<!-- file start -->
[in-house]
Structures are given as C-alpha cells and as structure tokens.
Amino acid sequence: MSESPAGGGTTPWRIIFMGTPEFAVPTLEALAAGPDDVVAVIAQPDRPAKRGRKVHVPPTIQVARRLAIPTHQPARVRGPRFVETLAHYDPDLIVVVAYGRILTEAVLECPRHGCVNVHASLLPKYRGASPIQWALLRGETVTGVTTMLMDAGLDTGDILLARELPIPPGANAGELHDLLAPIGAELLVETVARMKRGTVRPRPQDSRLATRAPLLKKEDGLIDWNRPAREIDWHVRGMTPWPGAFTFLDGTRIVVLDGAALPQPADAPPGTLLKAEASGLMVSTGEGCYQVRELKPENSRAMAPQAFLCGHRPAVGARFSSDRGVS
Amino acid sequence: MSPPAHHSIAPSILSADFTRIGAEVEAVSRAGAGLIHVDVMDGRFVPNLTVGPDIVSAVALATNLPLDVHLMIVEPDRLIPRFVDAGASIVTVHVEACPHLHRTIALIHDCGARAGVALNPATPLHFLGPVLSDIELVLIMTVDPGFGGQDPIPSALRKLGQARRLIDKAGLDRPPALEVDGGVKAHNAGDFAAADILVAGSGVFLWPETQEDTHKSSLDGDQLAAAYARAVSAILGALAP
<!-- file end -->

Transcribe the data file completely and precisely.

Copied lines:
[in-house]
Structures are given as C-alpha cells and as structure tokens.
Amino acid sequence: MSESPAGGGTTPWRIIFMGTPEFAVPTLEALAAGPDDVVAVIAQPDRPAKRGRKVHVPPTIQVARRLAIPTHQPARVRGPRFVETLAHYDPDLIVVVAYGRILTEAVLECPRHGCVNVHASLLPKYRGASPIQWALLRGETVTGVTTMLMDAGLDTGDILLARELPIPPGANAGELHDLLAPIGAELLVETVARMKRGTVRPRPQDSRLATRAPLLKKEDGLIDWNRPAREIDWHVRGMTPWPGAFTFLDGTRIVVLDGAALPQPADAPPGTLLKAEASGLMVSTGEGCYQVRELKPENSRAMAPQAFLCGHRPAVGARFSSDRGVS
Amino acid sequence: MSPPAHHSIAPSILSADFTRIGAEVEAVSRAGAGLIHVDVMDGRFVPNLTVGPDIVSAVALATNLPLDVHLMIVEPDRLIPRFVDAGASIVTVHVEACPHLHRTIALIHDCGARAGVALNPATPLHFLGPVLSDIELVLIMTVDPGFGGQDPIPSALRKLGQARRLIDKAGLDRPPALEVDGGVKAHNAGDFAAADILVAGSGVFLWPETQEDTHKSSLDGDQLAAAYARAVSAILGALAP